I don't know when the National Pastime became the National Afterthought. Probably sometime back in the '60s when TV discovered the NFL, and suddenly Gale Sayers and Dick Butkus were filling up our Sunday afternoons.
At roughly the same time, Bob Gibson, Jim Palmer and Tom Seaver were turning baseball into a word that began and ended with the letter "K." It was an unfortunate confluence of events, and now, 50 years later, American sport is the NFL and everything else -- to such an extent that even the World Series, once the pinnacle event in professional sports in this country, has become an off-Broadway production.
Consider: This is just another week in the NFL. The season isn't half finished. The playoffs don't begin for another two-and-a-half months. Things don't even really heat up for another five weeks, or right around Thanksgiving.
And yet ... the Giants and the Royals will both wait until Tuesday night to begin the World Series, even though the Royals finished off the Orioles three days ago and the Giants booted the Cardinals two days ago. Although the Series schedule likely has been set for some time, there just as likely could have been a way to move up Game 1 to Sunday. Indeed, there was a day when moving the Series opener to a weekend as opposed to a weeknight date would have simply been sound business practice.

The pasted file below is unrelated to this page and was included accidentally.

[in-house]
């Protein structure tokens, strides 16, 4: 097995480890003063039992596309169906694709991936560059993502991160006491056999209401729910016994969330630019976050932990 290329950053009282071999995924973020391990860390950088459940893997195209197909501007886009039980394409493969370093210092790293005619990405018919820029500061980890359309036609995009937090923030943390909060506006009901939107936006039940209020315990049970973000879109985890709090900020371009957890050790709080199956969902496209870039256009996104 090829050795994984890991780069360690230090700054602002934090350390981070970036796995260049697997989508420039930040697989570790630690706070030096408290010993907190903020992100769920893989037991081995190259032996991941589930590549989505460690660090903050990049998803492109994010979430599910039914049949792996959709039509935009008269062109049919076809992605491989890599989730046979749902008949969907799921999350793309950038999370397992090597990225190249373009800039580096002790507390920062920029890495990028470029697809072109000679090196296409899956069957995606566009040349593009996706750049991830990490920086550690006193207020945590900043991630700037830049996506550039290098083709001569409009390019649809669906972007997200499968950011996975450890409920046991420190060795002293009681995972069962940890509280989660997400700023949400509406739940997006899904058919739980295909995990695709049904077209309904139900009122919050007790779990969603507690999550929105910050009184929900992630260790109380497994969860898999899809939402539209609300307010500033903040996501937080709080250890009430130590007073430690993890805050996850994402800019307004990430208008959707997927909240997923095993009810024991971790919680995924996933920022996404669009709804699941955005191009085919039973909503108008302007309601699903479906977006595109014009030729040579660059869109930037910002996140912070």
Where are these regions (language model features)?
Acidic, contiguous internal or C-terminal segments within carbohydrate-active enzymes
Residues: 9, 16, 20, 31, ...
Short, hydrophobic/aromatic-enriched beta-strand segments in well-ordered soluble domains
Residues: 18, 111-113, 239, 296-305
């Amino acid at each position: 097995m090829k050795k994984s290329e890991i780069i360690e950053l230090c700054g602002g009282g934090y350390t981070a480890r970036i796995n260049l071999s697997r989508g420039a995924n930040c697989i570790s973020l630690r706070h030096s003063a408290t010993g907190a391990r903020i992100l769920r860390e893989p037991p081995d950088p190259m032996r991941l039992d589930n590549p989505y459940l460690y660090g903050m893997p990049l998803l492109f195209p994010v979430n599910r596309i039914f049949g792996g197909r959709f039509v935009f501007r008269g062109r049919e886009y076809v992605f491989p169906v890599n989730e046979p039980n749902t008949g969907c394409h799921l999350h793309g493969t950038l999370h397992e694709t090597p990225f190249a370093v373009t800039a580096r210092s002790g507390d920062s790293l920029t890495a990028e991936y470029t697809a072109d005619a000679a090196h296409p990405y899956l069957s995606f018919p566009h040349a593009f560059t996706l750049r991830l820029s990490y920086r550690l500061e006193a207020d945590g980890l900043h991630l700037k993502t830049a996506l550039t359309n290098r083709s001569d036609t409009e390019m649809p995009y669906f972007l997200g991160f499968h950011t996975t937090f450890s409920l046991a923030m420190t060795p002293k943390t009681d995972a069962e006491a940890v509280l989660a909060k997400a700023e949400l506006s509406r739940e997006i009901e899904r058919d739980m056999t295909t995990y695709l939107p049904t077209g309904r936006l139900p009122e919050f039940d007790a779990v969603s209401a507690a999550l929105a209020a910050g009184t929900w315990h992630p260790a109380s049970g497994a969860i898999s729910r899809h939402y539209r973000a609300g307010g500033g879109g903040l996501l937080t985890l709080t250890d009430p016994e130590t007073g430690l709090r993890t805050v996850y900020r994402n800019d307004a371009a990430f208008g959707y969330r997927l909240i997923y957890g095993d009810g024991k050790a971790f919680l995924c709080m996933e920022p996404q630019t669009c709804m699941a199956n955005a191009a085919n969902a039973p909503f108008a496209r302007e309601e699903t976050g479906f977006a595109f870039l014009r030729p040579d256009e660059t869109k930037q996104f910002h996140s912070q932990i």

No matter what logistical or contractual issues there might have been in moving Game 1 off Tuesday, baseball wouldn't have considered it anyway. And that's because it's now sound business practice to, as much as possible, avoid going head-to-head with an NFL Sunday -- even an ordinary NFL Sunday.
The reason is baseball's suits can read numbers as well as anyone, and they know what the numbers tell them: Every time baseball, even the Fall Classic, goes head-to-head with the NFL, it gets killed in the Nielsens. It's not even close.
And that, boys and girls, is astounding. Even in the Age of Football Uber Alles.